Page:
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Washington standard. [volume] (Olympia, Wash. Territory) 1860-1921, February 19, 1915, Image 8

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Persistent link: https://chroniclingamerica.loc.gov/lccn/sn84022770/1915-02-19/ed-1/seq-8/

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iji i .v././. .v. •*«
Miss Grace Findeisen isited her
brother Paul in Aberdeen
• • • •
Dr. U. T. Graves, state commis
sioner of agriculture, has Ik en con
fined to his home this week with a
severe attaek of tonsolitis.
* * * «
K. 11. Leach, a recent arrival from
the East, is now the special repre
sentative of the Oiympia Building it-
Loan association in this city and ter
ritory .
• • » *
Miss Katherine Claypoo! was the j
guest of honor at a party given Tues
day evening by .Mrs. A. A. Phillips
and Miss Margaret Rankin, attended
by the younger set.
• • • •
Mrs. W. T. Cavanaugh and daugh
ter. Mrs. W. L. Bowen of North
Yakima, spent several days in Shelton
recently as the guests of Mr. and Mrs.,
C. 1. Pritchard.
• • • •
Mr. and Mrs. Coe M. Price of Wen
deli, Idaho, both former Olympians,
arrived in this city the latter part of
last week for a two weeks' visit with
the former's parents, Mr. and Mrs.
B. M. Price.
• • • *
Frank M. Kenney, cashier of the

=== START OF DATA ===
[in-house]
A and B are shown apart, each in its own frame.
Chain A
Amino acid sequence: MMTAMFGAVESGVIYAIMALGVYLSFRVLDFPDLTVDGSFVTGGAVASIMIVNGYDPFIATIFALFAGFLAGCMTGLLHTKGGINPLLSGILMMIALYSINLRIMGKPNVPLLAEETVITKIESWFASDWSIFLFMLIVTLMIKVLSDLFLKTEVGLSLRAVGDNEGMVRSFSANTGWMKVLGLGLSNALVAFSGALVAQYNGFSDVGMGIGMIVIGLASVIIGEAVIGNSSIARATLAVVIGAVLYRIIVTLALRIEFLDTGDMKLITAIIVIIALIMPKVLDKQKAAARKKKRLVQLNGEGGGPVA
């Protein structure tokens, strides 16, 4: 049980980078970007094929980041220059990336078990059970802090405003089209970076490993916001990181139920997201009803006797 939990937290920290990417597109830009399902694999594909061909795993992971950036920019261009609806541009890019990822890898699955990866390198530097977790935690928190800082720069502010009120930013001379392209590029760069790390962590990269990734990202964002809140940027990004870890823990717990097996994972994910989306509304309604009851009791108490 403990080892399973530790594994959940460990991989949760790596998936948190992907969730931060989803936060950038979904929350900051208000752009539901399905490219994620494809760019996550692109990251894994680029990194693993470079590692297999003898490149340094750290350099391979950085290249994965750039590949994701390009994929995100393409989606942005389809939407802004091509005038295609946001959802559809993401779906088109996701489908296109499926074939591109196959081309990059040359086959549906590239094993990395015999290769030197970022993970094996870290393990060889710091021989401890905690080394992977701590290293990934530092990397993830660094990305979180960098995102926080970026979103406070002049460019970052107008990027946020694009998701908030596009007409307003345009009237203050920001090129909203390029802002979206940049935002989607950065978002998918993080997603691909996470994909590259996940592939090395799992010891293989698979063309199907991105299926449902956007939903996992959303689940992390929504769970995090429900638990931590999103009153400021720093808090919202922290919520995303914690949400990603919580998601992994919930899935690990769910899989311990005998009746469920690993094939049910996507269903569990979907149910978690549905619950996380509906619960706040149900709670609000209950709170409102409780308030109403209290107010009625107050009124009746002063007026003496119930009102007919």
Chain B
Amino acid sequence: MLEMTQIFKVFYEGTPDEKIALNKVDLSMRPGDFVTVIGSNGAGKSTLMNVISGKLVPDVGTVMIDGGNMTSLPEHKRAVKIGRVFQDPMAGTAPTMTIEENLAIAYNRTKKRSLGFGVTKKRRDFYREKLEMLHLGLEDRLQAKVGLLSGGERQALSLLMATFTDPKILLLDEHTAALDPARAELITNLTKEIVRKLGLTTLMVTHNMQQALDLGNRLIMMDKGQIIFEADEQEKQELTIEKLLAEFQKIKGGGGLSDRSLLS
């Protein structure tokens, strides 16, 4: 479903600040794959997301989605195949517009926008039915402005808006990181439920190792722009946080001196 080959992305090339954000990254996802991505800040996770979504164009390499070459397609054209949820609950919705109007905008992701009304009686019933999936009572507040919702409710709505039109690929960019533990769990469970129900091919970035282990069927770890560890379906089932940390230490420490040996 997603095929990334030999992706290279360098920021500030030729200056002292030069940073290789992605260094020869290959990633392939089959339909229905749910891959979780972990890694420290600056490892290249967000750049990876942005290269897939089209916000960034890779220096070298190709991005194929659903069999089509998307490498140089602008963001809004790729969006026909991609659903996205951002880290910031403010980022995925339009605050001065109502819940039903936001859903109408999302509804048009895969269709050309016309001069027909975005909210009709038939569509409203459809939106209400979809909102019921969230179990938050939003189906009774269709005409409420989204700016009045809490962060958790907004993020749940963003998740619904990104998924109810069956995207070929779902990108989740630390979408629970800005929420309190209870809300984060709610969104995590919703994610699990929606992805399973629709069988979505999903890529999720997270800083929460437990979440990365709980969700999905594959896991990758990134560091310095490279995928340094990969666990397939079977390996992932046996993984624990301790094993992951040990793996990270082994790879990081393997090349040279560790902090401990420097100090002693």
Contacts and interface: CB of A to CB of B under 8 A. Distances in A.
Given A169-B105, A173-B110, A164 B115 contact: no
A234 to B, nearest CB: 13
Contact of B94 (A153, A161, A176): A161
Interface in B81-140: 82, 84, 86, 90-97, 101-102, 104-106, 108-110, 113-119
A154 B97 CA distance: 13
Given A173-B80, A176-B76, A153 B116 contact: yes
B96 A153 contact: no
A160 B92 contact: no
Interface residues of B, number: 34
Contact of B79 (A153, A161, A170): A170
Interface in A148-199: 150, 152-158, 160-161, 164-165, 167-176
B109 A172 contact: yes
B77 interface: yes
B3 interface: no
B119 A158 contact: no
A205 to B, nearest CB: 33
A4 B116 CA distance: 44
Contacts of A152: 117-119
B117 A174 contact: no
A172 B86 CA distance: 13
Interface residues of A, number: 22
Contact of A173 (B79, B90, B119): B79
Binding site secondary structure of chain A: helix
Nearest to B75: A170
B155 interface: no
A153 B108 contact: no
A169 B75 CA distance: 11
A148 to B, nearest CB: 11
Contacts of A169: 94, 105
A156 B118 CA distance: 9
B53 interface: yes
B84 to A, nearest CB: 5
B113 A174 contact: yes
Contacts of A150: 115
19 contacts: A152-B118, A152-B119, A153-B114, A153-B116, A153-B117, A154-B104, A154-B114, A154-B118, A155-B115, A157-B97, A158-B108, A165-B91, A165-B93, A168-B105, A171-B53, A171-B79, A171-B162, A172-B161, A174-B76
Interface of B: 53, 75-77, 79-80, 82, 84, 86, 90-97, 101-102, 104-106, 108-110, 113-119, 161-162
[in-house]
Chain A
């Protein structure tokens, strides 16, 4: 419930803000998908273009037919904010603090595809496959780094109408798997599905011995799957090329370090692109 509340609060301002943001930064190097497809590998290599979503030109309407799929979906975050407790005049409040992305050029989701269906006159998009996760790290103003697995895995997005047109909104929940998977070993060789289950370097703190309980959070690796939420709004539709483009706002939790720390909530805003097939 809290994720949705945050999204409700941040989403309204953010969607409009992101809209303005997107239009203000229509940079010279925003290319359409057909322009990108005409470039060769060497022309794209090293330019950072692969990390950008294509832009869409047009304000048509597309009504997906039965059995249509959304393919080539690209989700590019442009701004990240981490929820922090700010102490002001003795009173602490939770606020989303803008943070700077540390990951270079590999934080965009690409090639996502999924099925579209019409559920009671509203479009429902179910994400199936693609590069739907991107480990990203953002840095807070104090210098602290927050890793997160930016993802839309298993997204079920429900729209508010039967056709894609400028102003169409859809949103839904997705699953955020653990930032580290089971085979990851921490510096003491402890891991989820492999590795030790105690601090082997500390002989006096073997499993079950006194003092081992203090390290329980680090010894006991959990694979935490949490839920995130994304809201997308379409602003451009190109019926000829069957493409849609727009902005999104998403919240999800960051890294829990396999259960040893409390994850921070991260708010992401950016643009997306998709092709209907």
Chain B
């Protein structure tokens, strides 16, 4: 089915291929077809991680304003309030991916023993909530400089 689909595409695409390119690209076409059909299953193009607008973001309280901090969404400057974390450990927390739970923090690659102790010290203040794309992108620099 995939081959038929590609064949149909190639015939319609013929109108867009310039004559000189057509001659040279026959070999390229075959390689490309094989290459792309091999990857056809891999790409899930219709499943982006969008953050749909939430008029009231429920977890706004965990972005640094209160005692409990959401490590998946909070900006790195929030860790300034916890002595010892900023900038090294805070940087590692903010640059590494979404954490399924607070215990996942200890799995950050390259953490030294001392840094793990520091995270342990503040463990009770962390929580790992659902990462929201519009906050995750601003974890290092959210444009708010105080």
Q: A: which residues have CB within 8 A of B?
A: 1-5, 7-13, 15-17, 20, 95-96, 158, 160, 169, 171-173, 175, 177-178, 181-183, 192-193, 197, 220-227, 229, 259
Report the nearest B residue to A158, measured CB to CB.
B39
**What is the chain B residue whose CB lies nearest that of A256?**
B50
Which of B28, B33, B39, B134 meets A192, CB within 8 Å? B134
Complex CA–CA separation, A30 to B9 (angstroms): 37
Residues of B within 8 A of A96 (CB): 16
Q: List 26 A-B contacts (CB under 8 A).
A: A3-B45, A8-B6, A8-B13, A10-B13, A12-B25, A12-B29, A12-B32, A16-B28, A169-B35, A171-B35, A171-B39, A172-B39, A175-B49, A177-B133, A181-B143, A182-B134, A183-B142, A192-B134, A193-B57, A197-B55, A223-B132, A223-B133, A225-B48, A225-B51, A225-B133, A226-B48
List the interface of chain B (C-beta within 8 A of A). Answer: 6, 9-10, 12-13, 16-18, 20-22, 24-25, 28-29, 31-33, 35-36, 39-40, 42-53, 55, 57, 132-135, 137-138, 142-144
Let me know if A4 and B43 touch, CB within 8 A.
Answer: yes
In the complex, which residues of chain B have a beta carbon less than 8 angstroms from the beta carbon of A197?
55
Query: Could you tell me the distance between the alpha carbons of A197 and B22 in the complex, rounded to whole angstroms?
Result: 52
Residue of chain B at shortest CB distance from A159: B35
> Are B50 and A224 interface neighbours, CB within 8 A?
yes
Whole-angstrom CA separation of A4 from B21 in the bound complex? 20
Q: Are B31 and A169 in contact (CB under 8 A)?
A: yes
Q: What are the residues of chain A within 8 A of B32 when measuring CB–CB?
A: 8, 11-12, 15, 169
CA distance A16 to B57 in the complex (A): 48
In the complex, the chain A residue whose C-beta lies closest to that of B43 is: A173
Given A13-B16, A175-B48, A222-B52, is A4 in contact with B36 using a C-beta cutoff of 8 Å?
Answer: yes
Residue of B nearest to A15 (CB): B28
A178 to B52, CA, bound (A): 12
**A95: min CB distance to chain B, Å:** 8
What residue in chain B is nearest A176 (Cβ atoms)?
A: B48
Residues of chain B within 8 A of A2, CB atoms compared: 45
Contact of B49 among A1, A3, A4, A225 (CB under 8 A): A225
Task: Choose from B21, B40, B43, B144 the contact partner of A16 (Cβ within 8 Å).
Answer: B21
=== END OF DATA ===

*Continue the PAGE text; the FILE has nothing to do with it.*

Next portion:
Olympia National bank, left for San
Francisco Wednesday to attend the
opening of the Panama-Pacific expo
sition Saturday and to attend to var
ious business matters.
* ■ • ■
Mrs. Roy Bond and son of Medicine
Hat, Alberta, who are the guests of
her parents, Mr. and Mrs. George
Kane, spent Sunday in Tacoma with
Vr. Bond visiting his parents.
• • • *
Sealed proposals will be received
by the State Board of Control, Olym
pia, Washington, until noon on March
the first, 1915, for wood for the capi
tal building, covering the period from
April the first, 1915, to April the
Ant. 1915.
(«dv. 2-3-3) By E. S. Emigh, Secy.
• • • •
A. B. Woodard, one of the pioneers
at this vicinity, who came to the coast
u§pi but 3 years old with his father,
celebrated his birthday at the Wood
tad home on West Bay avenue, Sun
day, a bountiful birthday dinner being
m"• •»»•
tffta. Josephine Preston, state
Mhool superintendent, addressed the
members of the Woman's elub at
taalr regular meeting Tuesday after
doaa, nt the home of Mrs. J. W.
• • • •
Charged with contributing to the
delinquency of a young girl by an in
formation tiled by Prosecuting Attor
jmqt George F. Yantfs, Earl Bean, 33
jails of ago, connected with n local
jank firm, was arrested Monday after
fritrf by Sheriff McCorkle and later
yalaaaed on 9750 bail.
• • • •
The local shrimp season opened np
with excellent prospects this week,
qatt* n number of boats working the
IsG in the Sound off Harsteln isl
and, north of Olympia, beginning nt
nam to gather In the Crown shrimp
of medium variety.
■ • • • •
By agreement between the attor
amya on both sldee. trial of the city's
aatt to condemn the local water plant
was not started Tuesday of this week,
as previously arranged, but will take
place the latter part of March in Ta
coma, the company having been
granted a change of venue. Various
engineers of prominence representing
both parties to the suit were in the
city for several days investigating the
plant. „ ~s
*• • •
Mr. and Mrs. O. Olfasson and Mrs.
Olfasson's mother, Mrs. Christianson
spent Sunday .a week ago at Mr
Hngh Williams of Independence.
Miss Ayer spent Saturday and Sun
day at Seybrook.
Alma KJome spent Saturday
in Olympia.
Mrs. Olfasson and mother called
on Mrs. Ed and Mrs. A 1 Drewry. Mrs.
White. Mrs. Hodge, Mrs. Bush and